Lately I keep missing our visit to Bandung, Indonesia in April 2008 and definitely reminiscing about it makes me miss the delicious, authentic Sundanese cuisine there. I read from Majalah Wanita about a restaurant in Kelana Jaya which offers authentic Sundanese cuisine so I was excited to try. I read from the article that the owner wed to an Indonesian man from Bandung. She fell in love with Sundanese cuisine and decided to open this restaurant named Dapoer Bandoeng (Bandung's Kitchen) here to share it with her fellow Malaysians. She claims that since she currently lives in Indonesia with her husband and three kids therefore she flies from time to time Bandung-Kuala Lumpur to check on the operations of her restaurant. She also claims that whenever she is in Malaysia, she misses Sundanese cuisine, while when she is in Bandung she will miss traditional Malay cuisine.
The address of Dapoer Bandoeng is :
A114, GF, Kelana Parkview,
Kelana Jaya, 47301 Petaling Jaya,
I advise that if you are not used to the directions in Kelana Jaya, it is better for you to Google Map or Garmin first or something. Since we spent a good 10-15 minutes circulating the same area until we found it. Apparently it is located among many other eateries there, and at the opposite road of Dapoer Bandoeng is the famous yet over-priced Minangkabau restaurant Sari Ratu which I reviewed one of its branches before here.
We arrived slightly when the office lunch hour was about to end, but the restaurant was still very much packed with customers. The decor of this place is very cosy, very humble looking with Sundanese crafts and woodwork. There was also an article on the Sate Bandung which sounds like food, but actually a government centre in Bandung. I love the fact that they play traditional Javanese music which is very soothing to the ears of the diners. As for the staff, they are all smiles, polite and informative about the menu. The only thing I hope for them to change is to address their customers as Cik (Miss) or Puan (Madam) instead of addressing with Kakak (Elder Sis) or Makcik (Aunt). My family & I we prefer a bit of formality in any business dealings and business owners should always address customers with higher respect unless if we insist for them to address us with a more informal name. Even in Indonesia no matter how low the class of a food joint, the operators will always address customers as Ibu (Madam) or Bapak (Sir).
|Traditional Javanese handicrafts as their main decor.|
Before we dive in the menu selection, I am a fan of restaurants which educates the customers with some historical background related to the restaurant concept & menu. Dapoer Bandoeng is not excluded.
Here, they show the history of Gedung Sate. What is Gedung Sate? I only know Sate as the yummy food all Malaysians & Indonesians love. If you are a history buff like me, let's read this. If you are not just skip this part eh. =D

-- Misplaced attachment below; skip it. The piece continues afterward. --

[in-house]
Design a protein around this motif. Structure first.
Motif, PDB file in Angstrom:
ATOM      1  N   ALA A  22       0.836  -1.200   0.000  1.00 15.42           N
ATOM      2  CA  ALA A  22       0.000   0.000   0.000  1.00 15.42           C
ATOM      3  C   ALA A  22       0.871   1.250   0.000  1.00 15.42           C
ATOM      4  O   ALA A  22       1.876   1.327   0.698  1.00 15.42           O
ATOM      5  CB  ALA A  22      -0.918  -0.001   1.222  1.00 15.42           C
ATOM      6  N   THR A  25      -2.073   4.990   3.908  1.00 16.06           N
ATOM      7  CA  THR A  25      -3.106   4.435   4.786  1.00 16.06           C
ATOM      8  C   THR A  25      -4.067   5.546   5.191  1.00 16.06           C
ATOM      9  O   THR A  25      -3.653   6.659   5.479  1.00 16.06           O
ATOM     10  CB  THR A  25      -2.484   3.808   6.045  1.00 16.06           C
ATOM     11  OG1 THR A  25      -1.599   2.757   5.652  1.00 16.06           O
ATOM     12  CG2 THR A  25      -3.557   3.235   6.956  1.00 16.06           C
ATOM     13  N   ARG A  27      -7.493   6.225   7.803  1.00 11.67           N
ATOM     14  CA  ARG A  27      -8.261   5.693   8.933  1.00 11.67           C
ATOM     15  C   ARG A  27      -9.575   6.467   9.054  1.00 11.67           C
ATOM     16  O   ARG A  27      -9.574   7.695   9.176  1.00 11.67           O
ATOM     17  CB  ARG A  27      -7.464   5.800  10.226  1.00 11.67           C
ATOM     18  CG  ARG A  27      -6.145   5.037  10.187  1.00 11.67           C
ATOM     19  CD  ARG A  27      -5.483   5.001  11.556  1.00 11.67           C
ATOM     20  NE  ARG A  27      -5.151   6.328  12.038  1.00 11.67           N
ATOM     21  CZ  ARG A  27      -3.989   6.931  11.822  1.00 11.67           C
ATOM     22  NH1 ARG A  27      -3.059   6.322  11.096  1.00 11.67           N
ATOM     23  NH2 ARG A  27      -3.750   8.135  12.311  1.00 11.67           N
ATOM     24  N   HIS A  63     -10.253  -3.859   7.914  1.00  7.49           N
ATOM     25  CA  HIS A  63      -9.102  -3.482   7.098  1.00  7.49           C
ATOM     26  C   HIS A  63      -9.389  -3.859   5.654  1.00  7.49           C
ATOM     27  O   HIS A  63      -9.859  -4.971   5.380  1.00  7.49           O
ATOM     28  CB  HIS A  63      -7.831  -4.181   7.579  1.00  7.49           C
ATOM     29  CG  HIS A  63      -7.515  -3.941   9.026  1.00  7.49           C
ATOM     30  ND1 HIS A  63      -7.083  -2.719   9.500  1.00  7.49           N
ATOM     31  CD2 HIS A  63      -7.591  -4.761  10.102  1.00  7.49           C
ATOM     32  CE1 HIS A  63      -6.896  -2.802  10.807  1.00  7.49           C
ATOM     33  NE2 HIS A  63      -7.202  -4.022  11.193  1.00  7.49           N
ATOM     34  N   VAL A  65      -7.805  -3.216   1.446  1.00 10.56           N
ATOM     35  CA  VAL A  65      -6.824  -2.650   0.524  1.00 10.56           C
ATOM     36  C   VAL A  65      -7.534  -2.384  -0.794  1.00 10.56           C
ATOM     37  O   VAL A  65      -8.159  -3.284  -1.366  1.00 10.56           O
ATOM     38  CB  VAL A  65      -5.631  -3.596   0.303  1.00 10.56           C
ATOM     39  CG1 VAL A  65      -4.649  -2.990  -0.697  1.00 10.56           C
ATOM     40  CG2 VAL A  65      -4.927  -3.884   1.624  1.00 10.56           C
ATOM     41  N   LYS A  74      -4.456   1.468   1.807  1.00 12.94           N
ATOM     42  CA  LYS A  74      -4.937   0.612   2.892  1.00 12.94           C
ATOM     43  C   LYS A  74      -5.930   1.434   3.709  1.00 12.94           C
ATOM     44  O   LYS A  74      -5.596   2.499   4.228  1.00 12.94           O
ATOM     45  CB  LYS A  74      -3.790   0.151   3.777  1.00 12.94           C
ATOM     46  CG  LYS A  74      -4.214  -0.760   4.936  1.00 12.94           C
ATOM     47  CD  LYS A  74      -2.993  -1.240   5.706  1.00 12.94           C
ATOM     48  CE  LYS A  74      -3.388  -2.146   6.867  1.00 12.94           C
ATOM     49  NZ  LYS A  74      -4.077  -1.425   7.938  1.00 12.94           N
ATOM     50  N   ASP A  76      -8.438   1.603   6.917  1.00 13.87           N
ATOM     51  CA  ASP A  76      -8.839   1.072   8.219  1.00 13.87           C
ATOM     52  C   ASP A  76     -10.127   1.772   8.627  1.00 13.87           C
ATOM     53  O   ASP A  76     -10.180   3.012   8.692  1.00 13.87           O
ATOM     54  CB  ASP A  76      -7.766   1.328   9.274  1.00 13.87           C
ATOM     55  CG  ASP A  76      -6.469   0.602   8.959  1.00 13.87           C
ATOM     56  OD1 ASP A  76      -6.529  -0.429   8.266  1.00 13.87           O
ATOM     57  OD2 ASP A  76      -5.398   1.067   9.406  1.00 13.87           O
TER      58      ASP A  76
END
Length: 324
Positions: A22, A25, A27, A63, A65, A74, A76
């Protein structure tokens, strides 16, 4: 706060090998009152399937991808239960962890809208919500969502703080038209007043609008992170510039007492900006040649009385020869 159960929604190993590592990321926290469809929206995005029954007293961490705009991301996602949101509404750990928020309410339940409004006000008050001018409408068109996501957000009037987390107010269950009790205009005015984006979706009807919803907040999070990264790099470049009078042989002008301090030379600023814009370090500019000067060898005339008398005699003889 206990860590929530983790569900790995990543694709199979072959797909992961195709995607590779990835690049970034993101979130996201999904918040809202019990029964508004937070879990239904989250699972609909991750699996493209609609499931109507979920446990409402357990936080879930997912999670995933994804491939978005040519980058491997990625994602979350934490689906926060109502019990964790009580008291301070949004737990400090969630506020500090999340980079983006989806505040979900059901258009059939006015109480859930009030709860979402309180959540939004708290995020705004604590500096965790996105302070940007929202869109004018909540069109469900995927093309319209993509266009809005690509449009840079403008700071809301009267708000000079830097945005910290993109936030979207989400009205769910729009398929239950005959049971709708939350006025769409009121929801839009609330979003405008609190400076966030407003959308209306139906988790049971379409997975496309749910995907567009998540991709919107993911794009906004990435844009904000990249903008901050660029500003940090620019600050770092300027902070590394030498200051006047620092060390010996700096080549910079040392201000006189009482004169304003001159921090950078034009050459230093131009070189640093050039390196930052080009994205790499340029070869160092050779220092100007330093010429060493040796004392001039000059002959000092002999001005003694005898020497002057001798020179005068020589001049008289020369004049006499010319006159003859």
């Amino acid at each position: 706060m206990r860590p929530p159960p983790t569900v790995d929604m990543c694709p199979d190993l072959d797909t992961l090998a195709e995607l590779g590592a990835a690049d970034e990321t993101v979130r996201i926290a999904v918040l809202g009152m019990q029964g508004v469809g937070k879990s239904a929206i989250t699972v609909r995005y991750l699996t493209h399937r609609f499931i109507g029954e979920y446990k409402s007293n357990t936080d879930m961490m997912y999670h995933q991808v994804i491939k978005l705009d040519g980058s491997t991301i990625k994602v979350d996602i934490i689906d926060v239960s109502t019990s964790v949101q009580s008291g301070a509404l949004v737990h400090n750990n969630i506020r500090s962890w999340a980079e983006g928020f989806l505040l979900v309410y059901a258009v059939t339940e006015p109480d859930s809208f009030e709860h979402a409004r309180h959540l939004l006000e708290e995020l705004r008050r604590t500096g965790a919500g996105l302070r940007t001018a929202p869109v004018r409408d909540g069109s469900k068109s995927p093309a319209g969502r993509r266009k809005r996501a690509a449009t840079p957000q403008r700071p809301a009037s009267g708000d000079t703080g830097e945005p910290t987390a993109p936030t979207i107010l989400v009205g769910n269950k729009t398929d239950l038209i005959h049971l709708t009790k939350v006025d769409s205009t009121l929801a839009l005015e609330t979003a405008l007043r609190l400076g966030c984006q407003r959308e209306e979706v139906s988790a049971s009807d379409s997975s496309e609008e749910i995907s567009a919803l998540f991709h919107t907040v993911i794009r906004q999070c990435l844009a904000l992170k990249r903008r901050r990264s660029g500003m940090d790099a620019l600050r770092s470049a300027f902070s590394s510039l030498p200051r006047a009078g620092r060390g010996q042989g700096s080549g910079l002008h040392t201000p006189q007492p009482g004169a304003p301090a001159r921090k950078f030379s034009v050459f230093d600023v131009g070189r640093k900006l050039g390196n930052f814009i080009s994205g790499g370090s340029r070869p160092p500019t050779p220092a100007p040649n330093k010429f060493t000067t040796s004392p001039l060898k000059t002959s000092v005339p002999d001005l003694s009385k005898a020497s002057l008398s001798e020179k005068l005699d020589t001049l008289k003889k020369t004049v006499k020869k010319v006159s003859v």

" Gedung Sate yang pada masa Hindia Belanda itu disebut Gouvernoments Bedrijven (GB), peletakan batu pertama dilakukan oleh Johanna Catherina Coops, puteri sulung Walikota Bandung B. Coops dan Petronella Roelofsen, mewakili Guberner Jenderal di Batavia, JP Graaf van Limburg Stirum pada tanggal 27 Juli 1920. Gedung Sate Bandung merupakan hasil perencanaan sebuah filem yang terdiri dari Ir. J. Gerber, arsitek muda kenamaan lulusan Fakultas Teknik Delft Nederland. Ir. Eh. De Roo dan Ir. G. Hendriks serta pihak Germeente van Bandoeng diketuai Kol. Pur. VL. Stors dengan melibatkan 2000 pekerja. 150 orang di antaranya pemahat atau ahli bongpay pengukir batu nisan dan pengukir kayu berkebangsaan China yang berasal dari Konghu atau Kanton, dibantu tukang batu, kuli aduk dan dan peladen yang berasal dari penduduk Kampung Sekeloa, Kampung Coblong Dago, Kampung Ganduk dan Kampung Cibarengkok yang sebelumnya mereka menggarap Gedong Sirap (Kampus ITB)."
"Gedung Sate during the reign of Dutch Indian was known as Gouvernoments Bedrijven (GB, the first stone of the construction was set by Johanna Catherina Coops, the eldest daughter of the then Bandung state leader B. Coops and Petronella Roelofsen, representing the Jeneral Governor of Batavia, JP Graaf van Limburg Stirum on 27th July 1920. Gedung Sate Bandung was an idea realized by a film by a young architect, Ir. J. Gerber graduated from the Teknik Delft Faculty of Netherlands. r. Eh. De Roo and Ir. G. Hendriks with Germeente van Bandoeng lead by Kol. Pur. VL. Stors involved 2000 workers in this project. 150 of them were stone craftsmen especially tombstones and wood craftsmen from China mainly from Konghu and Canton. They were assisted by other stone craftsmen as well as other blue collar workers from villages in Bandung such Kampung Sekeloa, Kampung Coblong Dago, Kampung Ganduk and Kampung Cibarengkok who built the Sirap Building (ITB Campus)."
After I did more research, actually Gedung Sate was referred as such by the locals since the central pinnacle of the building resembles the shape of that very famous food. Ahhhh so that explains why. =D
Yup I know I know, since we were all already very hungry, let's dive in with the food selections. I was ecstatic reading the menu, because it was indeed authentic Sundanese cuisine. As opposed to Minangkabau cuisine, which uses mostly coconut milk in its gravy, Sundanese I find as healthier because mainly it is grilled, and uses soy whether in its soy sauce or Tempe (soy cake). The menu was extensive, with its wide array of Ba'so as well as the rice delicacies differ slightly than the typical Nasi Ayam Penyet restaurants we have here in KL.